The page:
Follow the Progress of IUDs

Image from Medical Gallery of Blausen

            After our first son was born my wife, Gail, wore a Lippes loop IUD for 3 years. It worked well; our second son was born about 9 months after its removal.

            In the 1950s IUDs were controversial. Fortunately, one doctor had the gumption to develop the first widely-used model. Dr. Jack Lippes was a professor of OB-GYN at the University of Buffalo when he invented the Lippes loop in the 1960s. Loops were used from 1965 until 1986 with a remarkable record of safety and effectiveness. Lippes himself is still actively working on family planning technology at age 94!

            Current IntraUterine Devices are small, T-shaped pieces of flexible plastic with a monofilament string for removal attached to the long arm. All IUDs in the USA now are better than 99% effective due to something added to the plastic. Four are enhanced with a hormone and one uses copper.

            There are several thoughts about how IUDs work; it seems as though most of the action is on sperm. Levonorgestrel, the hormone, makes cervical mucus tacky so sperm cannot swim into the uterus. Hormonal IUDs usually make periods less unpleasant for women who have heavy bleeding or bad cramps. 

            The copper in the Paragard® is toxic to sperm, and it also makes the lining of the uterus less hospitable. Some women want to know if IUDs work by causing an abortion. To me, that is more of a philosophical question than a medical one. It depends on when you consider life starts, as well as other factors that are more philosophical than medical. However, my feeling is that if one were to define the action of an IUD as being an abortifacient, it is so only rarely and very early in pregnancy.

            The best way to lower the abortion rate is with good contraception. The teen abortion rate dropped by 60% and the number of teen births by almost that much when free IUDs, and all birth control, were made available in Colorado. Yes, it is safe for teens to us IUDs!

            How long are IUDs effective? Again, that gets into the realm of philosophy. For two IUDs the Food and Drug Administration says one thing and good research says another. The FDA states that the Paragard® is effective for 10 years, but studies have shown that it is very effective for up to 12 years. Therefore, Planned Parenthood recommends that a Paragard® can be used for a dozen years so long as it is not causing problems and the woman still wants contraception. Extending the duration is an “off-label” use.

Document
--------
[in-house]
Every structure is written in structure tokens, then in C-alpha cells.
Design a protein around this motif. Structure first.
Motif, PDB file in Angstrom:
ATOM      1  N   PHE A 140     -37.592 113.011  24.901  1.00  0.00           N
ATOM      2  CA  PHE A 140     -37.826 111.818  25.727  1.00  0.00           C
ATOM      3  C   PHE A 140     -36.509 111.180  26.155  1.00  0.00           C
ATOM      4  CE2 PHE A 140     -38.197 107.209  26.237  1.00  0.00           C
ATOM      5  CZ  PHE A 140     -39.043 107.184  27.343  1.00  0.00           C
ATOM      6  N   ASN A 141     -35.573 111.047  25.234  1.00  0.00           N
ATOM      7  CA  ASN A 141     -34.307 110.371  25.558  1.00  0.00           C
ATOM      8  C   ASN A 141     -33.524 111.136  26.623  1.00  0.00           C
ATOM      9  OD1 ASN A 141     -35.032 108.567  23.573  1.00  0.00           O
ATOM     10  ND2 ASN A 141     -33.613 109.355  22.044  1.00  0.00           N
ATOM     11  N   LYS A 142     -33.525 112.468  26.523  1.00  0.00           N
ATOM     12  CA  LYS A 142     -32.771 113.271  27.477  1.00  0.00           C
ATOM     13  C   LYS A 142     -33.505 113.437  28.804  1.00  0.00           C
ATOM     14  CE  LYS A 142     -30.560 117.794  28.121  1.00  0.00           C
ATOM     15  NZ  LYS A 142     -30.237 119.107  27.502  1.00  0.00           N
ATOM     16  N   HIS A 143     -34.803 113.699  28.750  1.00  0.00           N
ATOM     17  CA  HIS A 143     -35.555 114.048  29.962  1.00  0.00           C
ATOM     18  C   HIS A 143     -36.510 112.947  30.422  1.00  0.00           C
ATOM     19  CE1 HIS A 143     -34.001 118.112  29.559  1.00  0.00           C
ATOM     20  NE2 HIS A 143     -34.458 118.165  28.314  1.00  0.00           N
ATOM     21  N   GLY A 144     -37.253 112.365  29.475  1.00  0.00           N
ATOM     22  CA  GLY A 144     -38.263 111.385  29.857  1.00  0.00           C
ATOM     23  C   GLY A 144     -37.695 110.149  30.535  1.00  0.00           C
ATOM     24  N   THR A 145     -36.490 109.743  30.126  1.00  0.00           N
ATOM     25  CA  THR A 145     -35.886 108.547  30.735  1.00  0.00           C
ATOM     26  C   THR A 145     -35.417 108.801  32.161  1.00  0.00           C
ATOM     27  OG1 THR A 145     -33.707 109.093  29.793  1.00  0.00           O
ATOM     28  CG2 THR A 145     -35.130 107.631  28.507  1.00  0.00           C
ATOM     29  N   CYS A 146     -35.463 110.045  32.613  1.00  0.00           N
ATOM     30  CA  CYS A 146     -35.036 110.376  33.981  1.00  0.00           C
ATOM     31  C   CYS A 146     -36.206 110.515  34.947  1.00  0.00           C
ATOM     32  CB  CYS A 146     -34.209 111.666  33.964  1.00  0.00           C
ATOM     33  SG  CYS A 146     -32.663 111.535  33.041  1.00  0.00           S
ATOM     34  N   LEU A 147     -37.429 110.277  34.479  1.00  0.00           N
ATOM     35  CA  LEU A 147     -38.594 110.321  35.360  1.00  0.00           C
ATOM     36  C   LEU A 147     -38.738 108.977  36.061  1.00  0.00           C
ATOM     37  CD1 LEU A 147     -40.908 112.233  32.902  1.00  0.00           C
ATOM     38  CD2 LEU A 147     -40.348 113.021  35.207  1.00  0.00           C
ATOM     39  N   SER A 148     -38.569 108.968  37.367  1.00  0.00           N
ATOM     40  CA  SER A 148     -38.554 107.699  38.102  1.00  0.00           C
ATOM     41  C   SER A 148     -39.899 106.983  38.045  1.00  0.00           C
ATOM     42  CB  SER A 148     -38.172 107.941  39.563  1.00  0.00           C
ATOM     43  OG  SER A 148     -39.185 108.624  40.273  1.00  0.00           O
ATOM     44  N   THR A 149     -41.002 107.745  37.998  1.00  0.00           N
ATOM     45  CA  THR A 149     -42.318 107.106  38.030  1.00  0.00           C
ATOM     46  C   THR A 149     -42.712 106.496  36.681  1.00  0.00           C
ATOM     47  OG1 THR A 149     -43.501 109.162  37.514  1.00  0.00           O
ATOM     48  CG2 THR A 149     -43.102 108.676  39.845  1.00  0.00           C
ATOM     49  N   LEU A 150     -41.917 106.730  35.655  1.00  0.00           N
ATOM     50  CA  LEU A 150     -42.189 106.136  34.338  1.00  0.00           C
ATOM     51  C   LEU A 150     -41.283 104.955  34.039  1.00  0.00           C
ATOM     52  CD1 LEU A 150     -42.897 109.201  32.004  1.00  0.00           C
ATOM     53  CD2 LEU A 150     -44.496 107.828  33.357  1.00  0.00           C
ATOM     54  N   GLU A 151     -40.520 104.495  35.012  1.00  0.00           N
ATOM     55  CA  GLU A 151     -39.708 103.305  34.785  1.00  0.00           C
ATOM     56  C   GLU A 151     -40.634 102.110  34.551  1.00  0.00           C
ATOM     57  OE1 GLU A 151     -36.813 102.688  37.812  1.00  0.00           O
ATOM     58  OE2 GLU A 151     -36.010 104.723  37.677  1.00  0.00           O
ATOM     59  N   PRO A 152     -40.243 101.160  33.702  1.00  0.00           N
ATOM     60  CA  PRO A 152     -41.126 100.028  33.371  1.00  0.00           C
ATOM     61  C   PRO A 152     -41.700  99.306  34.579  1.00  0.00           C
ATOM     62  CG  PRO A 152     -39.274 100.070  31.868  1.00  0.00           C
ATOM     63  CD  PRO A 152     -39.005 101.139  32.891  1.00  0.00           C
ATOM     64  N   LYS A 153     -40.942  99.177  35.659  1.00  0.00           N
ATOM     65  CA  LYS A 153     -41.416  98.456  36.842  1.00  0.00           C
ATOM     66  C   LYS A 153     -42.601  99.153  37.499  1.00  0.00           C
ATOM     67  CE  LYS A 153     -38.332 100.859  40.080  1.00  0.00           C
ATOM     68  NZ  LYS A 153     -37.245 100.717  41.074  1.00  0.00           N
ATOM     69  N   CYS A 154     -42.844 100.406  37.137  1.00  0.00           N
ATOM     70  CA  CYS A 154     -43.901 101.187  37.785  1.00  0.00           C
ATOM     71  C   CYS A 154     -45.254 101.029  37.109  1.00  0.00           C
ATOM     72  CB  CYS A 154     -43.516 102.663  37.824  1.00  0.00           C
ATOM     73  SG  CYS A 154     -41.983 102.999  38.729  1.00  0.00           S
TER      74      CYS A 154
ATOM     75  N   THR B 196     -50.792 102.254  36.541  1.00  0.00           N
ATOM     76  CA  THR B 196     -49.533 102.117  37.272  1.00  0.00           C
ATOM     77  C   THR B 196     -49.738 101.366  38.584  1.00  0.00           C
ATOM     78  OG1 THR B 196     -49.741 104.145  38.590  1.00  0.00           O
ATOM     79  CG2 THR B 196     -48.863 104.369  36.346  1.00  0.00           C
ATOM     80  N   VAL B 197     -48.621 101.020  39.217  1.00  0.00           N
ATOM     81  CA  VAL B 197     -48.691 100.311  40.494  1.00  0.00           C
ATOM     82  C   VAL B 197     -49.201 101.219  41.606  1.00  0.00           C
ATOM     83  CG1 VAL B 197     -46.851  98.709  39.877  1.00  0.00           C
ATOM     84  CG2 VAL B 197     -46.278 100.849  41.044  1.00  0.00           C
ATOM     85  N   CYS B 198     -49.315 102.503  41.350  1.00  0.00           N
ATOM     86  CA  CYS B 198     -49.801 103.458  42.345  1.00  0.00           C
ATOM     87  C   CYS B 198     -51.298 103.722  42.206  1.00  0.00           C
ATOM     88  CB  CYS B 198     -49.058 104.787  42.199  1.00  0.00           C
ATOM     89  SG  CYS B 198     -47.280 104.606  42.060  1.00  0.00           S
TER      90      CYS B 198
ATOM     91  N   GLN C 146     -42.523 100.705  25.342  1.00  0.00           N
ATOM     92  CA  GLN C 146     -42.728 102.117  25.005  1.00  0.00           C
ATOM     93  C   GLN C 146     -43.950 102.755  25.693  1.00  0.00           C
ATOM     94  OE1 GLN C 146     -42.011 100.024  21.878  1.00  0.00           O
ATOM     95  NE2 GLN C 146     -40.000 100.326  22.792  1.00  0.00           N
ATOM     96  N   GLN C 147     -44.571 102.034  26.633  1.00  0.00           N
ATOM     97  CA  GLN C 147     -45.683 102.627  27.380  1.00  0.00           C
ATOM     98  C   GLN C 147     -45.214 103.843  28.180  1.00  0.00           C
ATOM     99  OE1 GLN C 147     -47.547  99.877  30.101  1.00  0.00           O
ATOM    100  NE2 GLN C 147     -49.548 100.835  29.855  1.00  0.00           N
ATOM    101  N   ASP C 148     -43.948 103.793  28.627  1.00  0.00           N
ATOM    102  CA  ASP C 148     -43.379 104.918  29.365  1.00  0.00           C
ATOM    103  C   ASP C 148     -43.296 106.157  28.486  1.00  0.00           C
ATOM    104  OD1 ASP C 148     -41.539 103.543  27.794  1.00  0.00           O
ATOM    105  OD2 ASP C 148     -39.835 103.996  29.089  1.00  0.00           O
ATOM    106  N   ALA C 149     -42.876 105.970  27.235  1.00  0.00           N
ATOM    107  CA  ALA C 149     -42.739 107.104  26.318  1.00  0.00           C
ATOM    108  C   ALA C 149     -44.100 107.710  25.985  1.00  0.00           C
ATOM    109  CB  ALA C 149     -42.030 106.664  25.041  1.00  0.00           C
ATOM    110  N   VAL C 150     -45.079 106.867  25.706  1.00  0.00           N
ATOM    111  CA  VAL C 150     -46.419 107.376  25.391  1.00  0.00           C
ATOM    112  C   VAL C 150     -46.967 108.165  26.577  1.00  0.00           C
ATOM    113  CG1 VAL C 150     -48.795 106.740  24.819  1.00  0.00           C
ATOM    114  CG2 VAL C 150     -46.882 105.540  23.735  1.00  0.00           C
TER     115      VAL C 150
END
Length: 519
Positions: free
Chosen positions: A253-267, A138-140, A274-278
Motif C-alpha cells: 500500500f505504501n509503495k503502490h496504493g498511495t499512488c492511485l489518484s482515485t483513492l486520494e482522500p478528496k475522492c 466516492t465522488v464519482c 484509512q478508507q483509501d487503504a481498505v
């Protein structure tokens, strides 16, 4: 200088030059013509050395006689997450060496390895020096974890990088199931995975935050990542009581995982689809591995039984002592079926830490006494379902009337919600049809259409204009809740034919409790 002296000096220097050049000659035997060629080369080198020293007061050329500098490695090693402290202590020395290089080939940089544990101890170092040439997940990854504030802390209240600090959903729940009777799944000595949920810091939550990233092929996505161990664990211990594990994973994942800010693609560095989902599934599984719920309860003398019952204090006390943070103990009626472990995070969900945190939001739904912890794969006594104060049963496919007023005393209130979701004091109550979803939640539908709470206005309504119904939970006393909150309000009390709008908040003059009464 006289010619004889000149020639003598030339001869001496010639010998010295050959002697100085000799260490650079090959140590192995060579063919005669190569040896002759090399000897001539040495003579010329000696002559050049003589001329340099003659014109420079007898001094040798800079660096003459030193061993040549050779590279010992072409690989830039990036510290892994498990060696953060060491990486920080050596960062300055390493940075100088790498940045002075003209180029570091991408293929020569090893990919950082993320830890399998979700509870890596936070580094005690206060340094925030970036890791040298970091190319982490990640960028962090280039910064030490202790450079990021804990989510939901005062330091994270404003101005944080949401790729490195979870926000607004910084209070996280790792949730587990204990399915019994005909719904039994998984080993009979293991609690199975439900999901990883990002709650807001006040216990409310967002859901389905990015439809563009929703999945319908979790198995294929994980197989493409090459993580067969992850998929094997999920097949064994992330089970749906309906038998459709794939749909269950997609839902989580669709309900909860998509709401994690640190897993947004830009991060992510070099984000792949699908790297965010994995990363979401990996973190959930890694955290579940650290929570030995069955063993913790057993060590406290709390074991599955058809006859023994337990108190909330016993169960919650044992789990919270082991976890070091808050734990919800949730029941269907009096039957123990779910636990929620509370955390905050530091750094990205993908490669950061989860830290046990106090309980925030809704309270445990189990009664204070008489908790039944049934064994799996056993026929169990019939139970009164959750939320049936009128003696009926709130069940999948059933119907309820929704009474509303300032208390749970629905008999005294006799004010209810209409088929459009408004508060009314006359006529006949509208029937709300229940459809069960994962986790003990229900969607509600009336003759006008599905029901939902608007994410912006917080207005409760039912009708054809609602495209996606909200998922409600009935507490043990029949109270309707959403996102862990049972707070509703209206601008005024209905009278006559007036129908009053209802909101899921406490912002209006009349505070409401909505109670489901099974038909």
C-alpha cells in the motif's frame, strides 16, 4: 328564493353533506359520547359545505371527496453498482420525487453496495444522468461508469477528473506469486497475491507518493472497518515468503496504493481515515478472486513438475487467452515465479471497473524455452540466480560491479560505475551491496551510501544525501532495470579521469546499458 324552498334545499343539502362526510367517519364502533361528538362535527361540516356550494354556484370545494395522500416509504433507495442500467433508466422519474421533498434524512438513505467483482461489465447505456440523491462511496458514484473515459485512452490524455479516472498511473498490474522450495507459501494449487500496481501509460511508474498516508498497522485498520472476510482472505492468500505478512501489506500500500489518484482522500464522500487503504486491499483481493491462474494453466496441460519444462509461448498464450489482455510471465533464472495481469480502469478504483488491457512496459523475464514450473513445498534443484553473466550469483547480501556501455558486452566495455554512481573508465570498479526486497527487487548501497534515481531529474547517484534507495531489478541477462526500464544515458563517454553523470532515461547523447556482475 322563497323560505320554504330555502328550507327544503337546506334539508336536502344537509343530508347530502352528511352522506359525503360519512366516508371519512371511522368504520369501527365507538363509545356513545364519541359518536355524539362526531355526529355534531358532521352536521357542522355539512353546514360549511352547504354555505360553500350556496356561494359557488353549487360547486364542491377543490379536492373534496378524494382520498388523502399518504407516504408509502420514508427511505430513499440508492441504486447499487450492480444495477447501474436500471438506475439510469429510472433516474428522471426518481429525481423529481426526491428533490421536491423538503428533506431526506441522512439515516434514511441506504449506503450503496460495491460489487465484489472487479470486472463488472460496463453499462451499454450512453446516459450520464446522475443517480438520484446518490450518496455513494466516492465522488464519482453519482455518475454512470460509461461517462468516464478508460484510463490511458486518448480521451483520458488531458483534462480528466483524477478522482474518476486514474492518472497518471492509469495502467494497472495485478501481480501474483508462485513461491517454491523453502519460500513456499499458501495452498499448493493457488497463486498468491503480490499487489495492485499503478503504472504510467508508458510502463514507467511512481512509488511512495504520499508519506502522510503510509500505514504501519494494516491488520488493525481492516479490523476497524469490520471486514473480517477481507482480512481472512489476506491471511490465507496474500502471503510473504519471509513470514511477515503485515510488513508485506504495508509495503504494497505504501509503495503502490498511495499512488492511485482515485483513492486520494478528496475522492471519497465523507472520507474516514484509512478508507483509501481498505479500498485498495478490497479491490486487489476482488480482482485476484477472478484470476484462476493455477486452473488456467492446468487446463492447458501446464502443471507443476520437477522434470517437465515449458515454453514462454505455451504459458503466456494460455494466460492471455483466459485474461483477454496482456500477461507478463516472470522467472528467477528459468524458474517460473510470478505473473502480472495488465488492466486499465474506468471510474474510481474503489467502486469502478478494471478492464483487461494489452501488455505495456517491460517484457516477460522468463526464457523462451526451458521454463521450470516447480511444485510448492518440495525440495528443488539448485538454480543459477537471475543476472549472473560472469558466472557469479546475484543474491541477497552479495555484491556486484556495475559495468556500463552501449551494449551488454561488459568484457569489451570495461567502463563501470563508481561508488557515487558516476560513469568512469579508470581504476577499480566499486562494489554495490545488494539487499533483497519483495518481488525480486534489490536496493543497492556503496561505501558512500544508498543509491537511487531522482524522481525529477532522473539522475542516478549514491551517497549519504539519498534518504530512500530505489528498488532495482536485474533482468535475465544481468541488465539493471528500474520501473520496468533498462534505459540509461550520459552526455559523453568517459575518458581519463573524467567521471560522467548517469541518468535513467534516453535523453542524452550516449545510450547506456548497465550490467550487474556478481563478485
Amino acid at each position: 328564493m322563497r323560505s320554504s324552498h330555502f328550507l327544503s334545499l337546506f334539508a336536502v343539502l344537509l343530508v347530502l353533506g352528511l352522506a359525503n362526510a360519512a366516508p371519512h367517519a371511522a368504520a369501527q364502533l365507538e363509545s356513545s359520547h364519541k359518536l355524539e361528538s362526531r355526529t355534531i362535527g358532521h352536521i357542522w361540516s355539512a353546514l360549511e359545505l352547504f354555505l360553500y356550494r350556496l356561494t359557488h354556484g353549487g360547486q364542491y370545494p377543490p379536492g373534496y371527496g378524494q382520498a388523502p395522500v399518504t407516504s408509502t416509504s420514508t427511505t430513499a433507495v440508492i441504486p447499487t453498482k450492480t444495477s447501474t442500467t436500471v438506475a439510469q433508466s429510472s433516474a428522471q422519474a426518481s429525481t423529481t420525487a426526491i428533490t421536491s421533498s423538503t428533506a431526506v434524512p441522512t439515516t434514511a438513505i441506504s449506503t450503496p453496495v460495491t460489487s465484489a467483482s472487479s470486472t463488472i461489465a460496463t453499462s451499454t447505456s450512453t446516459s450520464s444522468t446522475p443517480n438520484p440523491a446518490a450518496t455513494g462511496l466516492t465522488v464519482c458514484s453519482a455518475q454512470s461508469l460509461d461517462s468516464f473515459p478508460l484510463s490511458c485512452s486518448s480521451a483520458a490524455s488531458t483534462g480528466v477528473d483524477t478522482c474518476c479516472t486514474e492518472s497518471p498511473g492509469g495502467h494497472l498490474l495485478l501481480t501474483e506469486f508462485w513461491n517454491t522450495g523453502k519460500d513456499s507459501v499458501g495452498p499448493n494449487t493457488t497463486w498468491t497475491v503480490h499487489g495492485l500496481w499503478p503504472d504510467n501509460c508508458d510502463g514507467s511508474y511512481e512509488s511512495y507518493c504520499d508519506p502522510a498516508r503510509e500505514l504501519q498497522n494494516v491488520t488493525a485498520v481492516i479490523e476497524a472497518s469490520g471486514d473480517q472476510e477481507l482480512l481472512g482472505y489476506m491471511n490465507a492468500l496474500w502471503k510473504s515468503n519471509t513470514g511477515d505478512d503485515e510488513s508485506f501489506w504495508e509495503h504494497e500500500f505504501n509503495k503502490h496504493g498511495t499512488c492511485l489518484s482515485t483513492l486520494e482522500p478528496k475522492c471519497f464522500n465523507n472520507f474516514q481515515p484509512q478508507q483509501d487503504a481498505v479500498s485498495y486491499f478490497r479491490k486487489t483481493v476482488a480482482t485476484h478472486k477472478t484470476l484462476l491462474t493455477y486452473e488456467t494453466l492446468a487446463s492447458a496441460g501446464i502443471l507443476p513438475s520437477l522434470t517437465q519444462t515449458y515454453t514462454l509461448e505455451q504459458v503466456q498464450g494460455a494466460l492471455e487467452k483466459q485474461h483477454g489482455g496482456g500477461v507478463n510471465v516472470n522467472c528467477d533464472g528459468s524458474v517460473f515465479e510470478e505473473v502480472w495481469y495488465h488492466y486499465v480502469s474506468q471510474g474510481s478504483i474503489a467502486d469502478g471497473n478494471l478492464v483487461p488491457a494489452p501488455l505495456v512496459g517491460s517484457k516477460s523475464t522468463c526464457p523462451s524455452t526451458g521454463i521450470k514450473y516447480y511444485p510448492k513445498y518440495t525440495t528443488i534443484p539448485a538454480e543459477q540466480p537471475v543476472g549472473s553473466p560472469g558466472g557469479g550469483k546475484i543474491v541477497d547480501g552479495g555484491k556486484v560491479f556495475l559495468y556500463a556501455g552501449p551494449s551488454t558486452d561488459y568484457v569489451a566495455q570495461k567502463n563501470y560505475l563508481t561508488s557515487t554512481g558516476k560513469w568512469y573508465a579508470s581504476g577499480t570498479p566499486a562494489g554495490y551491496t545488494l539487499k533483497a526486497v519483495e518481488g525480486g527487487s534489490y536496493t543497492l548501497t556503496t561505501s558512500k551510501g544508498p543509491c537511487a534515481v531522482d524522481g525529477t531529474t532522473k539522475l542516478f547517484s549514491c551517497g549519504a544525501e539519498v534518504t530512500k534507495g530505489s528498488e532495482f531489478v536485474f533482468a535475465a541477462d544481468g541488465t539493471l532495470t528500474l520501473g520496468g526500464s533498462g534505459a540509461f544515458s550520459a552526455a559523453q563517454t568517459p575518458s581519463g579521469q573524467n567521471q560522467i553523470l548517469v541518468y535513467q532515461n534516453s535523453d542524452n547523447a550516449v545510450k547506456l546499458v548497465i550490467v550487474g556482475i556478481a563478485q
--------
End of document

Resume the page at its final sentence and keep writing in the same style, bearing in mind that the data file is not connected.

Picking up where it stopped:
Another off-label use of the Paragard® is for emergency contraception. In case of rape, condom failure or poor planning, a Paragard is the most effective means of preventing pregnancy if inserted within 5 days of unprotected intercourse. The insertion can be the beginning of 10 (or 12) years of highly effective contraception.

            IUDs went through a bad era in the early 1970s. Women suffered because the Dalkon Shield IUD was brought to the market without sufficient testing. Some women wearing Shields had unplanned pregnancies. Some of these pregnancies became infected causing at least 4 maternal deaths. Some women even required a hysterectomy for a severe pelvic infection due to the Shield. Many other women had infections caused by Shields that made them infertile. Even though Shields were taken off the market in 1974, IUDs’ reputation suffered. 

            The effectiveness, safety and other advantages of current IUDs have led to high acceptance. The chief disadvantage of this means of birth control is expense. Fortunately, Obama Care and most insurance will pay for the woman’s choice of contraception, but cost can be a deterrent for uninsured women. Studies, including one here in Colorado, have shown that many women will choose an IUD (one type of Long Acting Reversable Contraception) if price is not an issue. This is reflected by the percentage of American contracepting women using IUDs–about 12% now, up from 1% in 1970.

            In a recent symposium on IUDs, two issues received the most attention. One was how women can safely get IUDs during the pandemic. Telemedicine for counseling is a solution to decrease risk.

 The other issue was IUD removal. Remember the string mentioned above? Usually removal is a simple procedure for a practitioner to grasp the string and pull out the IUD. However, one study found that the average charge for this is more than $250 and some providers charged over $1000! Women can remove their own IUDs, as two of my patients demonstrated. One told me she laid down and used her fingers to find the strings and tugged. The other succeeded in getting her IUD out, but with bad consequences. She removed her device in the shower, fainted and fell through the glass door! I don’t recommend that technique.

© Richard Grossman MD, 2019